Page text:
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The Harrington implant (or Harrington rod) is a stainless steel surgical device. Historically, this rod was implanted along the spinal column to treat, among other conditions, a lateral or coronal-plane curvature of the spine, or scoliosis. Up to one million people had Harrington rods implanted for scoliosis between the early 1960s and the late 1990s. The Harrington rod eventually became obsolete as newer, more effective types of spinal instrumentation were developed, such as XLIF (eXtreme Lateral Interbody Fusion).
Harrington rods were intended to provide a means to reduce the curvature and to provide more stability to a spinal fusion. Before the Harrington rod was invented, scoliosis patients had their spines fused without any instrumentation to support it; such fusions required many months in plaster casts, and large curvatures could progress despite fusion.
Harrington rod instrumentation was used to treat instability and deformity of the spine. Instability occurs when the spine no longer maintains its normal shape during movement. Such instability results in nerve damage, spinal deformities, and disabling pain. Spinal deformities may be caused by birth defects, fractures, marfan syndrome, neurofibromatosis, neuromuscular diseases, severe injuries, and tumors. By far, the most common use for the Harrington rod was in the treatment of scoliosis, for which it was invented.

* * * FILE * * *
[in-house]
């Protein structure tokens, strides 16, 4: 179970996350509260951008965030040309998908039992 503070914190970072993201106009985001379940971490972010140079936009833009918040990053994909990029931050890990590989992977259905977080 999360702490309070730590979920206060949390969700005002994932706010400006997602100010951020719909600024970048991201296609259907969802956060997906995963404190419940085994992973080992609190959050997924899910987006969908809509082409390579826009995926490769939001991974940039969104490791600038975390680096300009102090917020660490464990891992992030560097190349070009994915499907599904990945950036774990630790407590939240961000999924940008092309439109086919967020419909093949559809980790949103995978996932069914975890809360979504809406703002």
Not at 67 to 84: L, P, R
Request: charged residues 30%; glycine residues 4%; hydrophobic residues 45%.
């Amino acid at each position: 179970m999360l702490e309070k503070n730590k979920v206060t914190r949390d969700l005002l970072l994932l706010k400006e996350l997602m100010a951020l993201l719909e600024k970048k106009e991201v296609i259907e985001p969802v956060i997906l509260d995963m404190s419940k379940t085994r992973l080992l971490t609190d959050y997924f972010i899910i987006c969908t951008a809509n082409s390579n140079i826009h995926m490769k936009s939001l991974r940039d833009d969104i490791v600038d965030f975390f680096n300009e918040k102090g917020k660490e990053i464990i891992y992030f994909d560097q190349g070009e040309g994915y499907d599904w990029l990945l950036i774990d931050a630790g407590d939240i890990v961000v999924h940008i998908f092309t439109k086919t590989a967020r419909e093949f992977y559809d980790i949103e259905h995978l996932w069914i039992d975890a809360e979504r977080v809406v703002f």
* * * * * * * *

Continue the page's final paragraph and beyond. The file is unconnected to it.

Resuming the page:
The device itself was a stainless steel distraction rod fitted with hooks at both ends and a ratchet and was implanted through an extensive posterior spinal approach, the hooks being secured onto the vertebral laminae. It was used at the beginning without performing a spinal fusion but early results proved fusion as part of the procedure was mandatory, as movement of the unfused spine would cause the metal to fatigue and eventually break. The procedure required the use of a postoperative plaster cast or bracing until vertebral fusion had occurred.
Flatback syndrome is a problem that develops in some patients treated with Harrington rod instrumentation, where the rod extends down into lower part of the lumbar spine. Because the Harrington cannot follow the natural lordosis of the lower back (i.e. the backwaist curve), the spine is straightened out into an unnatural position. At first, the unfused spinal segments compensate for the straightening effects, but eventually the discs degenerate and wear down. The patient then develops back pain, has difficulty standing upright, and experiences limitations when walking. Eventually, the problem requires surgery to realign the spine.
As exemplified by Pecina and Dapic in the European Spine Journal (February 2007), flatback syndrome is not inevitable and does not happen to every person with a low Harrington rod instrumented fusion - there are many people who have had Harrington rods for decades with no adverse effects.